When managing chronic pain in dogs with CKD, we have transitioned from use of classic NSAIDs to administration of non-acidic NSAIDs, such as acetaminophen. While we do not believe the efficacy of acetaminophen is as good as that of other NSAIDs, our clinical experience has shown us that acetaminophen appears to have a much lower risk of worsening CKD. However, there is a point at which quality of life becomes a concern, and classic NSAIDs may be more appropriate because acetaminophen does not have significant anti-inflammatory activity.
Serum creatinine can be used as a rough benchmark of glomerular filtration rate (GFR). For example, if serum creatinine is 3 mg/dL in a dog with CKD (reference range, about 1 mg/dL), NSAID administration can be decreased from once a day to once every 3 days. This administration interval provides more time for the kidneys to clear the drug. We may also lower the dose of the NSAID.
We do not administer preoperative NSAIDs to patients undergoing GI surgery; instead, we assess the GI tract during surgery and determine whether compromised GI mucosa is present at the end of surgery.
If compromised GI mucosa remains postoperatively, we do not administer NSAIDs because they can potentially inhibit, decrease, or retard the healing process of that mucosa. We would, instead, consider a local anesthetic or wound catheters for analgesia.
If only healthy GI mucosa remains, we administer an NSAID, but only in the first 24 hours. Our choice is one of the more “balanced” NSAIDs, which are less cyclooxygenase (COX)-2 selective (eg, meloxicam or carprofen) rather than more COX-2 selective (eg, deracoxib or firocoxib). This rationale is based on the concern that the natural healing process will be slowed if COX-2 is inhibited, as COX-2 induces vasodilation, which in turn promotes healing.
Off-Label Use of NSAIDs in Cats
In North America, with the label warnings on meloxicam and robenacoxib, there are concerns about using NSAIDs in cats beyond any label claim, which is a single dose of meloxicam or 3 doses of robenacoxib. The main concern is that, if something “goes wrong” with a patient prescribed off-label use of an NSAID, the owner has legal recourse due to the “black box” label warning on meloxicam or the standard label on robenacoxib.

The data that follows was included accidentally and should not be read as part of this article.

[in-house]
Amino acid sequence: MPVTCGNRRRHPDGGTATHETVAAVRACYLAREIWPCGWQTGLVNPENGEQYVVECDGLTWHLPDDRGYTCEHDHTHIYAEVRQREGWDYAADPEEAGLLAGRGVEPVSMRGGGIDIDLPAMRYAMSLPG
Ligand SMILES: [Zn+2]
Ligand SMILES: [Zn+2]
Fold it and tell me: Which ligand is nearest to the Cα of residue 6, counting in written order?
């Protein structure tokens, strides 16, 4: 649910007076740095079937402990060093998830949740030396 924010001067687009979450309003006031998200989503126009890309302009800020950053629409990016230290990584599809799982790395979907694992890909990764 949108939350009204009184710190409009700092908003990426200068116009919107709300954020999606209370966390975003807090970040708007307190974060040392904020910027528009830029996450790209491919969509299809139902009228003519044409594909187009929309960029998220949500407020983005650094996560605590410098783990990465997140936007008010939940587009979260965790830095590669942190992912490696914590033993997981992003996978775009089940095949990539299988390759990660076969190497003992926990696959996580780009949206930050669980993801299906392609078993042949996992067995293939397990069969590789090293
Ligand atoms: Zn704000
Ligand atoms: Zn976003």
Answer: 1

We do not have owners sign a consent form when prescribing NSAIDs for cats, but we do make sure to clearly inform owners that long-term administration of NSAIDs in cats is off-label. We also inform owners that in Europe there is an infinite label for chronic use of meloxicam at 0.05 mg/kg PO Q 24 H in cats, which is over twice the dose being used here for musculoskeletal pain.
Options for pain control in patients with concurrent disease are not as limited as previously assumed. When used cautiously, often with decreased doses and careful monitoring, NSAIDs can be administered to dogs and cats with CKD or elevated liver enzymes. Tramadol is not likely to be very effective in dogs; however, its use as an analgesic is more promising in cats. When addressing perioperative analgesia, we recommend using an opioid, NSAID, and local anesthetic in combination for the best perioperative pain management of animals.
ALP = alkaline phosphatase; ALT = alanine aminotransferase; CKD = chronic kidney disease; COX = cyclooxygenase; DJD = degenerative joint disease; GFR = glomerular filtration rate; GI = gastrointestinal; IRIS = International Renal Interest Society; NSAID = nonsteroidal anti-inflammatory drug; PLO = pluronic lecithin organogel
- Martins TL, Kahvegian MA, Noel-Morgan J, et al. Comparison of the effects of tramadol, codeine, and ketoprofen alone or in combination on postoperative pain and on concentrations of blood glucose, serum cortisol, and serum interleukin-6 in dogs undergoing maxillectomy or mandibulectomy. Am J Vet Res 2010; 71(9):1019-1026.
- Vettorato E, Zonca A, Isola M, et al. Pharmacokinetics and efficacy of intravenous and extradural tramadol in dogs. Vet J 2010; 183(3):310-315.